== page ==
Deep in the Everglades of south Florida, off a nondescript sun-bleached ribbon of highway and surrounded on all sides by lushly impenetrable greenery, toothy, man-eating lizards, and swarms of insects that loom like whining thunderheads in the thick air, sits a one-of-a-kind roadside attraction. Buildings along this highway look like either a ramshackle collaboration between a hoarder and a drunken structural engineer or a cinder-block bunker slung low and ready to withstand an invasion or bombing run. The Skunk Ape Headquarters is the former, shack-like, surrounded by ephemera that may be functional or, just as likely, be there for effect, such as a Jeep and rusty, fan-backed swamp boat.
You’d be forgiven for thinking it was just another tourist trap in a long run of tourist traps, sun-scorched locals doing their best to make it in a region that attracts decidedly fewer tourism dollars than the Kardashian-endorsed pastel and palms of Miami or theme parks of Orlando. T-shirts and shot glasses and hats bearing a bigfoot-like beast are for sale, as well as the regionally appropriate piles of preserved alligator parts. There’s a “petting zoo” of types out back, a fenced-off area containing snapping turtles and baby gators and spiders and snakes, some of which are captive and some of which come with the territory. In a giant Tupperware container a 21-plus-foot snake sleeps away a confined existence, though if you’re nice and marginally lucky the animal’s warden will show you that it’s alive by tickling it, sending shuddering twitches through the thick scaly coils.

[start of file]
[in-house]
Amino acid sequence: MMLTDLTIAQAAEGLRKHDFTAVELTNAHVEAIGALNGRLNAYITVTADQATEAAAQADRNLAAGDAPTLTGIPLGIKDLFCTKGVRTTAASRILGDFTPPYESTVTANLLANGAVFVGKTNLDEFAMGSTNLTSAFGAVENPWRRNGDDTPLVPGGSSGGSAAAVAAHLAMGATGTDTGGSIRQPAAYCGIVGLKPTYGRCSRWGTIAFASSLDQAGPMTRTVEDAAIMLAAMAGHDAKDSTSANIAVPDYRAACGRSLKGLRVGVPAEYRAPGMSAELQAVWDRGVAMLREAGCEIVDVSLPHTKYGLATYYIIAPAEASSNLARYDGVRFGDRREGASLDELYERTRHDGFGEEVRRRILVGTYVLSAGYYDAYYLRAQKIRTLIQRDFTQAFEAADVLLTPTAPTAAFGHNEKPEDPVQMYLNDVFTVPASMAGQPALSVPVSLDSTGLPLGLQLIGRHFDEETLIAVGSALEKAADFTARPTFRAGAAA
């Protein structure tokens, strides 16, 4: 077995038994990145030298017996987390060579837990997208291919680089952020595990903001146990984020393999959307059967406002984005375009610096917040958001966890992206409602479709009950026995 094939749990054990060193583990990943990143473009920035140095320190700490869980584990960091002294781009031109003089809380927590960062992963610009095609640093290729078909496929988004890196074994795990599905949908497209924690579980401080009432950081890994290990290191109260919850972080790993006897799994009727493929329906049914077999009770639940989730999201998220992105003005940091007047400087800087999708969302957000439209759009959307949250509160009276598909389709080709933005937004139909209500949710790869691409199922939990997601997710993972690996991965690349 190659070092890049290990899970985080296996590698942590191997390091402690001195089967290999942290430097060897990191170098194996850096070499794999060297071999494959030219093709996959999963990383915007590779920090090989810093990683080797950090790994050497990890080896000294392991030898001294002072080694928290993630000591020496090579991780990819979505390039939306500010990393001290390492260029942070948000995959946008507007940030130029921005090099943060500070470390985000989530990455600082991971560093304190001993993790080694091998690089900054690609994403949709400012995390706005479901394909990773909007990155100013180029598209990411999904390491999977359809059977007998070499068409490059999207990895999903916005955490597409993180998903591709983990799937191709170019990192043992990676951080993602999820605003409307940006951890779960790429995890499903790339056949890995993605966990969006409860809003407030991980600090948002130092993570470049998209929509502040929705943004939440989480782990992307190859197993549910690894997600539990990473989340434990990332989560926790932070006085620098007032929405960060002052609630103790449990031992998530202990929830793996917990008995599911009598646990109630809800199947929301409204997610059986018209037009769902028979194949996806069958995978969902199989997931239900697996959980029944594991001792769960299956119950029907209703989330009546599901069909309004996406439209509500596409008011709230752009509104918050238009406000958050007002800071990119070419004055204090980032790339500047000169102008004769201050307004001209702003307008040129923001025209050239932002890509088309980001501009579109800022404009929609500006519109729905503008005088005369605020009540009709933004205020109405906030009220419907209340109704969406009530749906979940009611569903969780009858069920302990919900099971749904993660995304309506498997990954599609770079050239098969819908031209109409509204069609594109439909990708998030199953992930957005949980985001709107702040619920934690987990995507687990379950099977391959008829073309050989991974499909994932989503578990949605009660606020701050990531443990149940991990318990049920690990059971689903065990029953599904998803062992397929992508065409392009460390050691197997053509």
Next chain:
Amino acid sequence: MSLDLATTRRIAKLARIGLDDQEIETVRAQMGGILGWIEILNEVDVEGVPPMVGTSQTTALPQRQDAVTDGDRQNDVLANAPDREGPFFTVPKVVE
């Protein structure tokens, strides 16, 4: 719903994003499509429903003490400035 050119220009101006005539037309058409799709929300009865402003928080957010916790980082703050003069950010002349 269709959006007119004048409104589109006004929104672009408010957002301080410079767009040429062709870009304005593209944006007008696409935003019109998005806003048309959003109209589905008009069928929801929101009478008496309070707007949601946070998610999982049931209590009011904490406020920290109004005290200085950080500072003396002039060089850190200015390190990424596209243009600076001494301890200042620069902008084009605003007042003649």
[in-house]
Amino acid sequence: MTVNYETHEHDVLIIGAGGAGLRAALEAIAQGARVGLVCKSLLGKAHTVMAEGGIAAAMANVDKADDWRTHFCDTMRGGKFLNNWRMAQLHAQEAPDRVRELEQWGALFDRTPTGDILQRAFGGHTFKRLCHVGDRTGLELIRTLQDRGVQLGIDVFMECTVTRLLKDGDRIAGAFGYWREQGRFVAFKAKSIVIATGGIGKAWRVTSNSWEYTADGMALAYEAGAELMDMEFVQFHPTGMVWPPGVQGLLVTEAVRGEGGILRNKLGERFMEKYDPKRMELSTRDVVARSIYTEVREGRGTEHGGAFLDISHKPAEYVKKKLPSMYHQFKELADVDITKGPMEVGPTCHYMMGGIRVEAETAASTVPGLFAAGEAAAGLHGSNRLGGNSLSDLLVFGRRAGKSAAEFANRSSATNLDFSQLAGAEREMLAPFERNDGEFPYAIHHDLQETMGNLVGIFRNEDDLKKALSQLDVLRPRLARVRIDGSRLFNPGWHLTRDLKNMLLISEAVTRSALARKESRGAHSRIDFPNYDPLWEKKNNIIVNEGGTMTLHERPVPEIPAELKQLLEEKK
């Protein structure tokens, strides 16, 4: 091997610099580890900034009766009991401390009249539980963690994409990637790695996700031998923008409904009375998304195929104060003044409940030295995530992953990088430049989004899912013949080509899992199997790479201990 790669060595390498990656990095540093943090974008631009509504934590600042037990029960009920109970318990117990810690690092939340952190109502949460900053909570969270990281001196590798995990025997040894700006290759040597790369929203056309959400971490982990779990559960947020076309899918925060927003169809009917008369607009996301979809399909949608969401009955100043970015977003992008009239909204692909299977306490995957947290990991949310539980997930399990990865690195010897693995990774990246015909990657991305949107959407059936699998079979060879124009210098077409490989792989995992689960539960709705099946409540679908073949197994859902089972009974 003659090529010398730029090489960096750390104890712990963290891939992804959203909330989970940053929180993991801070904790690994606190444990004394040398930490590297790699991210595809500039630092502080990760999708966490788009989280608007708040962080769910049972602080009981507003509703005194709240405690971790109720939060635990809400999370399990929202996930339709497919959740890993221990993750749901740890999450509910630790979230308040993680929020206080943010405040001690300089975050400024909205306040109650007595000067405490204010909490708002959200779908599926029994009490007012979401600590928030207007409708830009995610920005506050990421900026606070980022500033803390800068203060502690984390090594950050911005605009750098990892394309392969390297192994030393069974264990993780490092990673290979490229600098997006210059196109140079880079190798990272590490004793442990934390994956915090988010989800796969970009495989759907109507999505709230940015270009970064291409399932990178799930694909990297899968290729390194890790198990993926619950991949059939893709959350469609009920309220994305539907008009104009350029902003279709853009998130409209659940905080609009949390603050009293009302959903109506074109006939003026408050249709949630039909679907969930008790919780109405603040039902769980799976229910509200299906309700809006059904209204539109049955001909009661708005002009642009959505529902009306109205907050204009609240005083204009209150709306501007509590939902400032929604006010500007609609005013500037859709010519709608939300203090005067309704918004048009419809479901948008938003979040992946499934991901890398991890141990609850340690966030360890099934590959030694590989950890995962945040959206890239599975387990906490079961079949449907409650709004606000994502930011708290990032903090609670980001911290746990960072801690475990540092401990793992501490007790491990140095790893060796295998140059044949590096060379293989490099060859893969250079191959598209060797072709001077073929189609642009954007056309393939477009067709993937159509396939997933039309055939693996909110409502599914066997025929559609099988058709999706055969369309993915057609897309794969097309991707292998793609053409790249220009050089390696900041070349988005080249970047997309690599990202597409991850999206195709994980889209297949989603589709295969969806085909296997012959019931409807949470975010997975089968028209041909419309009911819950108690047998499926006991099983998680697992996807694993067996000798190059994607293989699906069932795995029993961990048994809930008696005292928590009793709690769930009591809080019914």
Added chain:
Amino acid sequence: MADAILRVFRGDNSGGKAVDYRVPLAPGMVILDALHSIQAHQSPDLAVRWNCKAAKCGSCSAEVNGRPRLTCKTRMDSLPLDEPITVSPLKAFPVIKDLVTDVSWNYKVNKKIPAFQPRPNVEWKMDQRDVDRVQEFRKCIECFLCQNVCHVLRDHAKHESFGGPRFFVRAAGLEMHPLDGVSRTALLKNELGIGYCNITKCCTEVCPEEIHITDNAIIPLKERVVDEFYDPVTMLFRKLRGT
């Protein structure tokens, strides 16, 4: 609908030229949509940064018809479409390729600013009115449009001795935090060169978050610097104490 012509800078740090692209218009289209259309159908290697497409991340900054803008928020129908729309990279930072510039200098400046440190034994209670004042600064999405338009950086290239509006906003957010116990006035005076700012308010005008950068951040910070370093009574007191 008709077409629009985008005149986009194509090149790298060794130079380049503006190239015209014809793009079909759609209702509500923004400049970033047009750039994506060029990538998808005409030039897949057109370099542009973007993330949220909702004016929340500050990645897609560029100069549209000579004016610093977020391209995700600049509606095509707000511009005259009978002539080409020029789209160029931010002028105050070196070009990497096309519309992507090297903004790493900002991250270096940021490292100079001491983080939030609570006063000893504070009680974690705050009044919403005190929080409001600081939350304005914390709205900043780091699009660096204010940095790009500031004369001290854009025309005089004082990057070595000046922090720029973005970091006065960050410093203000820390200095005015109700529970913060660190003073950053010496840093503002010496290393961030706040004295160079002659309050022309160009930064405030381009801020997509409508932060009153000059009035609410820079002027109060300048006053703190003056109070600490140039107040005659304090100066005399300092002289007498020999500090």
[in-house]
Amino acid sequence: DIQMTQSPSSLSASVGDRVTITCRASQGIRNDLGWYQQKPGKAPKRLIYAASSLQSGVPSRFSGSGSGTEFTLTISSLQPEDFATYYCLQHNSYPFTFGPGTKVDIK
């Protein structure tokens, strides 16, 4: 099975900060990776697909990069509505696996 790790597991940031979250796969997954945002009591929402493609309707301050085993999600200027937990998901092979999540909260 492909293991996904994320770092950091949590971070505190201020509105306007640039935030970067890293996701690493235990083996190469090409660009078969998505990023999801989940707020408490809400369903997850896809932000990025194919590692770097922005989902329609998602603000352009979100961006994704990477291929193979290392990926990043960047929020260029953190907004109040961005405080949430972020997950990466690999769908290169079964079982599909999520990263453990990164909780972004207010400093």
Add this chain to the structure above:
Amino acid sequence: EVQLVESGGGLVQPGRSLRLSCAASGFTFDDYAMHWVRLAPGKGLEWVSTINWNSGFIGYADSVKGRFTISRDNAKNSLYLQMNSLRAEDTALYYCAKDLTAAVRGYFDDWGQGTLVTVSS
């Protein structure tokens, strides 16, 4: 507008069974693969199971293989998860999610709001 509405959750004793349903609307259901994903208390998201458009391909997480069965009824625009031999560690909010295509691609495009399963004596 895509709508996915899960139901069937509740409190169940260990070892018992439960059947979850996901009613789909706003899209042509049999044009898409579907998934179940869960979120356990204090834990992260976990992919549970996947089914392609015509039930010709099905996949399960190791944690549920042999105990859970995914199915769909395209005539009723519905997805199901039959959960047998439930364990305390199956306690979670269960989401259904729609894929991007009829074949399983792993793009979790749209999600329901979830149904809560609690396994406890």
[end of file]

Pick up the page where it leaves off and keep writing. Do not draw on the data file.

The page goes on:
It’s quaintly crazy and even a little sinister, but in that it’s not unique, not in the Everglades. What makes it unique is Dave Shealy. Shealy is the character that owns this outpost, the mastermind behind not just a well-executed low-budget road trip pit stop but a self-described icon of the Sunshine State’s admittedly limited cryptozoology scene.
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